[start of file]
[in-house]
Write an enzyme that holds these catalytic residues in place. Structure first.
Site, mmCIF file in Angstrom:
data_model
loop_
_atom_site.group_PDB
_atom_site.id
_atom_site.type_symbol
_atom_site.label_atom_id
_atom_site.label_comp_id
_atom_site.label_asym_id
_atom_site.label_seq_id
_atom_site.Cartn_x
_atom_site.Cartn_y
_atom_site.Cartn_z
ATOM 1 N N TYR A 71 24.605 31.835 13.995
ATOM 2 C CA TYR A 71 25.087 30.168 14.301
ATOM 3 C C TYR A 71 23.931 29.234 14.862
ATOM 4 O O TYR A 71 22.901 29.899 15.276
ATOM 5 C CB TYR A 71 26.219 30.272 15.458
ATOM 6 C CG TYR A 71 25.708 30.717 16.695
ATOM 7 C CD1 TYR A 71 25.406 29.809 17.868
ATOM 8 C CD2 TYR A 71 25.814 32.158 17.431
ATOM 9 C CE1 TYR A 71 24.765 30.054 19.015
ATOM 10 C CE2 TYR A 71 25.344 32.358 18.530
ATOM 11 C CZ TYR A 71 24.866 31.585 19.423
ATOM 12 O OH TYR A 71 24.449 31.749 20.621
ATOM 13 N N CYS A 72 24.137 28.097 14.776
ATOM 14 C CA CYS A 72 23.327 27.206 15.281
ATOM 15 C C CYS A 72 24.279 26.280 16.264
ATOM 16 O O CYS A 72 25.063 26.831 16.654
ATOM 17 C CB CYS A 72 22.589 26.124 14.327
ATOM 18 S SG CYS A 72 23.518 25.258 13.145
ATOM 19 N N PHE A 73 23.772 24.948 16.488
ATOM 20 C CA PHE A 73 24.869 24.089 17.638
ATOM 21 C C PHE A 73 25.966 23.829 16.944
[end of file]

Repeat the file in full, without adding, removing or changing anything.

[in-house]
Write an enzyme that holds these catalytic residues in place. Structure first.
Site, mmCIF file in Angstrom:
data_model
loop_
_atom_site.group_PDB
_atom_site.id
_atom_site.type_symbol
_atom_site.label_atom_id
_atom_site.label_comp_id
_atom_site.label_asym_id
_atom_site.label_seq_id
_atom_site.Cartn_x
_atom_site.Cartn_y
_atom_site.Cartn_z
ATOM 1 N N TYR A 71 24.605 31.835 13.995
ATOM 2 C CA TYR A 71 25.087 30.168 14.301
ATOM 3 C C TYR A 71 23.931 29.234 14.862
ATOM 4 O O TYR A 71 22.901 29.899 15.276
ATOM 5 C CB TYR A 71 26.219 30.272 15.458
ATOM 6 C CG TYR A 71 25.708 30.717 16.695
ATOM 7 C CD1 TYR A 71 25.406 29.809 17.868
ATOM 8 C CD2 TYR A 71 25.814 32.158 17.431
ATOM 9 C CE1 TYR A 71 24.765 30.054 19.015
ATOM 10 C CE2 TYR A 71 25.344 32.358 18.530
ATOM 11 C CZ TYR A 71 24.866 31.585 19.423
ATOM 12 O OH TYR A 71 24.449 31.749 20.621
ATOM 13 N N CYS A 72 24.137 28.097 14.776
ATOM 14 C CA CYS A 72 23.327 27.206 15.281
ATOM 15 C C CYS A 72 24.279 26.280 16.264
ATOM 16 O O CYS A 72 25.063 26.831 16.654
ATOM 17 C CB CYS A 72 22.589 26.124 14.327
ATOM 18 S SG CYS A 72 23.518 25.258 13.145
ATOM 19 N N PHE A 73 23.772 24.948 16.488
ATOM 20 C CA PHE A 73 24.869 24.089 17.638
ATOM 21 C C PHE A 73 25.966 23.829 16.944